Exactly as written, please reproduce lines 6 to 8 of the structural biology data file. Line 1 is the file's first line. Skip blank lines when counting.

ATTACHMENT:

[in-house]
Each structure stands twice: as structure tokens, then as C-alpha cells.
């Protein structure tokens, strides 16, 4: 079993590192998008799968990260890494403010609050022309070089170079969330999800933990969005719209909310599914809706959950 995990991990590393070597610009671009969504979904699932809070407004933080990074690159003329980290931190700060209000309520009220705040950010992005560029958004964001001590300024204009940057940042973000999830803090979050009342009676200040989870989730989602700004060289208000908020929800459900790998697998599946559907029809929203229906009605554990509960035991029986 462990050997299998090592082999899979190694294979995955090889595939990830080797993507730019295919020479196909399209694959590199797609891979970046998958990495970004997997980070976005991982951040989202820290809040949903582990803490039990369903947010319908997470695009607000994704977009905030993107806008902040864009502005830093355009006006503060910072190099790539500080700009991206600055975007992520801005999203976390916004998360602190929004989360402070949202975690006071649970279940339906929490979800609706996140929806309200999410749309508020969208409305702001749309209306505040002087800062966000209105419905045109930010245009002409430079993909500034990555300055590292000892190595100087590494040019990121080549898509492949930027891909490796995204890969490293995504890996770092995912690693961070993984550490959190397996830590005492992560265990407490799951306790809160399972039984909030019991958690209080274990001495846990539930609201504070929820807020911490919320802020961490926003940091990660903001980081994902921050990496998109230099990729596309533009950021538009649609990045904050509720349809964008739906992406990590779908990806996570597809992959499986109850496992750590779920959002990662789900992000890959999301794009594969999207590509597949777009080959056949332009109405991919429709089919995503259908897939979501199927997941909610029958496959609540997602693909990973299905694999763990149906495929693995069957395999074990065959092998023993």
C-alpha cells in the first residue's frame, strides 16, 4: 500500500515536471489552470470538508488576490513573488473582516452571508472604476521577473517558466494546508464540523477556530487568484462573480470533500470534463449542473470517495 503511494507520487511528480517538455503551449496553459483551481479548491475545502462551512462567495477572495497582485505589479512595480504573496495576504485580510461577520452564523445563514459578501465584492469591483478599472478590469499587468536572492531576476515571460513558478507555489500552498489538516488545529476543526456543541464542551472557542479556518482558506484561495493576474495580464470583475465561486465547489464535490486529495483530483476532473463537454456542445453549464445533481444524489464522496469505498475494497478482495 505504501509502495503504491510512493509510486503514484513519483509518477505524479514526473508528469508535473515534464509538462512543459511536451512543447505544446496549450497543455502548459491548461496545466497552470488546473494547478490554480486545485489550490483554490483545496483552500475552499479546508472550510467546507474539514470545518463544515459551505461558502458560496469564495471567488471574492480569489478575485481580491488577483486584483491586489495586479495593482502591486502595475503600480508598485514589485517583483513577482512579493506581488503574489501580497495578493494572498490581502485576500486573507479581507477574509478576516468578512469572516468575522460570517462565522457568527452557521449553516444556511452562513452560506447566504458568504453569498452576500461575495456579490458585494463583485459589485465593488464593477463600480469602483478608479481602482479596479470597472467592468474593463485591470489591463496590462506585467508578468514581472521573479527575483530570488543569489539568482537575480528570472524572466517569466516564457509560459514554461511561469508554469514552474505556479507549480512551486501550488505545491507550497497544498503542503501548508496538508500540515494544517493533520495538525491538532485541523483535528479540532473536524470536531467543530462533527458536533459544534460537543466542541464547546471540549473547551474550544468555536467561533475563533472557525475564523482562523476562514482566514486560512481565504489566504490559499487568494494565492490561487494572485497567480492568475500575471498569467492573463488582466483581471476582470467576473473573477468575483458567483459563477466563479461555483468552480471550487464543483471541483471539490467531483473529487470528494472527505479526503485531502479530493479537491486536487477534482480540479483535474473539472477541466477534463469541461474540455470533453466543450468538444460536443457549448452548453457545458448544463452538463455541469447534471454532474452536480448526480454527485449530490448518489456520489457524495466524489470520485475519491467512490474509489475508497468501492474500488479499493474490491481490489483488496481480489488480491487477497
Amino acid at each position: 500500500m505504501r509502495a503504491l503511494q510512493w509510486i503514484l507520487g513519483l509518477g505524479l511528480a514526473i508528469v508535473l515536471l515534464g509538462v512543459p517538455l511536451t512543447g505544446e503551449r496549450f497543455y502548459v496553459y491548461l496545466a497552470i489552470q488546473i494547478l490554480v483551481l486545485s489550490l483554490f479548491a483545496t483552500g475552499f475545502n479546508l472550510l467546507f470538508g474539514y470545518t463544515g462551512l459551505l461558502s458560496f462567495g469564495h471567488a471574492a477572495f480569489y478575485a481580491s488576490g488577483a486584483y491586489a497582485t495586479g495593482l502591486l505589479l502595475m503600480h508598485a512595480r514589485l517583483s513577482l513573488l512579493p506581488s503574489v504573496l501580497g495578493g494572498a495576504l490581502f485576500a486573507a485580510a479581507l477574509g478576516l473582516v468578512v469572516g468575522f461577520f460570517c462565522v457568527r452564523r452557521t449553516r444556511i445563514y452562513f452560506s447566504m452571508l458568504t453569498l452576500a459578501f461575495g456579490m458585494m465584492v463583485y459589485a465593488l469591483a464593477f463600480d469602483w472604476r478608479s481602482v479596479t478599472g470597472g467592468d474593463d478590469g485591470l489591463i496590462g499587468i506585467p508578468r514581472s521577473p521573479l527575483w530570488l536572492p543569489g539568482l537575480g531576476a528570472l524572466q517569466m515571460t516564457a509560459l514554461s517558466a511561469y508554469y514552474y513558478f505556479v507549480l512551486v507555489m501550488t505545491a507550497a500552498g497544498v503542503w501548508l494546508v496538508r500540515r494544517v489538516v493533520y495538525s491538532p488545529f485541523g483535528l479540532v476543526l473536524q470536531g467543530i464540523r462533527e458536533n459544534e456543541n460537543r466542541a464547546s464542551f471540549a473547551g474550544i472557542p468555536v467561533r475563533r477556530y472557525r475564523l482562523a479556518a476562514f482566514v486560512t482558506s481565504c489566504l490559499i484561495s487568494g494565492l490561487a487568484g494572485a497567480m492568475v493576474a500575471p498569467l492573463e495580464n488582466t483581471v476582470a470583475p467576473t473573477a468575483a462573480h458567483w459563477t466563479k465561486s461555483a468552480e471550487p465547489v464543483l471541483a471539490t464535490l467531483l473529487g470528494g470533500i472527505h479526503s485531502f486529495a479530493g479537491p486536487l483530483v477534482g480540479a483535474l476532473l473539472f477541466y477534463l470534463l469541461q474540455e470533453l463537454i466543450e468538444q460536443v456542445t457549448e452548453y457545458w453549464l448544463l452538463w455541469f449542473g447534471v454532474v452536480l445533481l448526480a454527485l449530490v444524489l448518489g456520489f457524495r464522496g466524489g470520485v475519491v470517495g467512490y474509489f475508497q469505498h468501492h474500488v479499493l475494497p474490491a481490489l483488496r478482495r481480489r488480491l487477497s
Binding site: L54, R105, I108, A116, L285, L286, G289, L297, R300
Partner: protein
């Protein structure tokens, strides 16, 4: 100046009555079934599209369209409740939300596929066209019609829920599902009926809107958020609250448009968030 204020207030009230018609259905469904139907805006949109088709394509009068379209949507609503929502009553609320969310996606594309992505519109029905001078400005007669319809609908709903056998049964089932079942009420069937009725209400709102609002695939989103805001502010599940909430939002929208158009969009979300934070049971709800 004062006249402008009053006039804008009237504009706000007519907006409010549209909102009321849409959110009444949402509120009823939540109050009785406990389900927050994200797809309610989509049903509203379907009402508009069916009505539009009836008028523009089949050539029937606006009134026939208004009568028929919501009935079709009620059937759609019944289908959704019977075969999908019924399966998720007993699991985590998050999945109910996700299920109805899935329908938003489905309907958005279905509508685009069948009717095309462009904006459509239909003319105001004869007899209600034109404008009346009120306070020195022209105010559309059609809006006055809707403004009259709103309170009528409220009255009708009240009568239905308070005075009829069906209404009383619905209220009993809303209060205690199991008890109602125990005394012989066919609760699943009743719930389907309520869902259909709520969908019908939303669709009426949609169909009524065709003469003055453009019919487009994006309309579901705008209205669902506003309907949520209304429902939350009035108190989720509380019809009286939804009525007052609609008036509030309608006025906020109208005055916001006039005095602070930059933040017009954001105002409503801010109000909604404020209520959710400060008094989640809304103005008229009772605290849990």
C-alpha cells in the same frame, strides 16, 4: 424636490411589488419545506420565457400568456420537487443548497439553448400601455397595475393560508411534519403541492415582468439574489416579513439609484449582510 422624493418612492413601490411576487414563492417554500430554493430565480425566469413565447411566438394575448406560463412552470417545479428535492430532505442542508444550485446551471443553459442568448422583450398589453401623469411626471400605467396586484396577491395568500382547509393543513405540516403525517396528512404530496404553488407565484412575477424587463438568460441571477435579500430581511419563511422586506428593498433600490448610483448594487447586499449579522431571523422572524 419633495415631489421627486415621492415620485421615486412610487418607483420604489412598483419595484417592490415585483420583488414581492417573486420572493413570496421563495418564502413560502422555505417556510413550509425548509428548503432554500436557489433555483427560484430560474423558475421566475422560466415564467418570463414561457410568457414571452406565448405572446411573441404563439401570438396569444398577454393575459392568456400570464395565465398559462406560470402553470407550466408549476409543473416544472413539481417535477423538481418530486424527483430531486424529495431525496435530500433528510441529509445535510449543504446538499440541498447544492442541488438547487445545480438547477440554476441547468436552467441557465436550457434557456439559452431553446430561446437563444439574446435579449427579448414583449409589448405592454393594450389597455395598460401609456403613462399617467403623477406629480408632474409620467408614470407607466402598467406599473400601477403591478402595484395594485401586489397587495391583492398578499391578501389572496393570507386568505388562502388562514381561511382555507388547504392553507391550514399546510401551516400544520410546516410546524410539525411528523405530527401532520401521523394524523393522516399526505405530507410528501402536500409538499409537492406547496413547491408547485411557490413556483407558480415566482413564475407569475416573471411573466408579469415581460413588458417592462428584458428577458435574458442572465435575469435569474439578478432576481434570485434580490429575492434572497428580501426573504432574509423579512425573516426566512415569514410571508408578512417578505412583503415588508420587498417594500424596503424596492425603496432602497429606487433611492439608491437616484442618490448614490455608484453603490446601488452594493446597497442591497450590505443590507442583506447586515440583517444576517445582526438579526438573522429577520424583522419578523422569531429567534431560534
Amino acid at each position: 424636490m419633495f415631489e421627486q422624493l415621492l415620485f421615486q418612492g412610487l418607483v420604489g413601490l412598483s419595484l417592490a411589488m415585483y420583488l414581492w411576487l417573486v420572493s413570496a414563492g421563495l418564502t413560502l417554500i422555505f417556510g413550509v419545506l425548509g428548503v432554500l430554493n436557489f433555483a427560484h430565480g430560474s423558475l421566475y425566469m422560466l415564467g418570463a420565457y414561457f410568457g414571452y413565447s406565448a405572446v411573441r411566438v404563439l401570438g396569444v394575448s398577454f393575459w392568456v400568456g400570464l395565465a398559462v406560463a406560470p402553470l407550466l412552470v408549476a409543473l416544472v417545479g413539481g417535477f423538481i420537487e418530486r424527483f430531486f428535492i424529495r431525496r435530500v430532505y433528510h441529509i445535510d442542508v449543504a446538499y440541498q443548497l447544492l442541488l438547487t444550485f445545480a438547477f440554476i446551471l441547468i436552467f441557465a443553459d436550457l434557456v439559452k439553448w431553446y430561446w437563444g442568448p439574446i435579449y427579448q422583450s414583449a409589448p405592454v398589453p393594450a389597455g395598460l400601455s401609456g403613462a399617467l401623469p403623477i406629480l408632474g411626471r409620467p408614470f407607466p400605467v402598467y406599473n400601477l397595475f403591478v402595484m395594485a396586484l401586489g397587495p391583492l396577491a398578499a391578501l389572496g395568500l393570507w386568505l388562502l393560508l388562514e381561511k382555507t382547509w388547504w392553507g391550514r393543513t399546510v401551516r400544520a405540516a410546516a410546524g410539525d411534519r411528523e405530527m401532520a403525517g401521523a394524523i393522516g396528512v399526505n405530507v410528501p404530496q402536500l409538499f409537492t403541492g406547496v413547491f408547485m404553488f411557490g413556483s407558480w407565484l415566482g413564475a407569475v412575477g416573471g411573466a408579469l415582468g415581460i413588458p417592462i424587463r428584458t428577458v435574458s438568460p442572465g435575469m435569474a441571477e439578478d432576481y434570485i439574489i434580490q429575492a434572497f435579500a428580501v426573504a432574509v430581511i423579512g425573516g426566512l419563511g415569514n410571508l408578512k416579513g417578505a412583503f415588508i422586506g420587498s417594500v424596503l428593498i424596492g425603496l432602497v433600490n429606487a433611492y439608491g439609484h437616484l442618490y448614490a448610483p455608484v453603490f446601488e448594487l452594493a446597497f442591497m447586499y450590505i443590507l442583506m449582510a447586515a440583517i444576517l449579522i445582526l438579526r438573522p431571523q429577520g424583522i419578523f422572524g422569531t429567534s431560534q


Binding site: L54, R105, I108, A116, L285, L286, G289, L297, R300
Partner: protein
């Protein structure tokens, strides 16, 4: 100046009555079934599209369209409740939300596929066209019609829920599902009926809107958020609250448009968030 204020207030009230018609259905469904139907805006949109088709394509009068379209949507609503929502009553609320969310996606594309992505519109029905001078400005007669319809609908709903056998049964089932079942009420069937009725209400709102609002695939989103805001502010599940909430939002929208158009969009979300934070049971709800 004062006249402008009053006039804008009237504009706000007519907006409010549209909102009321849409959110009444949402509120009823939540109050009785406990389900927050994200797809309610989509049903509203379907009402508009069916009505539009009836008028523009089949050539029937606006009134026939208004009568028929919501009935079709009620059937759609019944289908959704019977075969999908019924399966998720007993699991985590998050999945109910996700299920109805899935329908938003489905309907958005279905509508685009069948009717095309462009904006459509239909003319105001004869007899209600034109404008009346009120306070020195022209105010559309059609809006006055809707403004009259709103309170009528409220009255009708009240009568239905308070005075009829069906209404009383619905209220009993809303209060205690199991008890109602125990005394012989066919609760699943009743719930389907309520869902259909709520969908019908939303669709009426949609169909009524065709003469003055453009019919487009994006309309579901705008209205669902506003309907949520209304429902939350009035108190989720509380019809009286939804009525007052609609008036509030309608006025906020109208005055916001006039005095602070930059933040017009954001105002409503801010109000909604404020209520959710400060008094989640809304103005008229009772605290849990």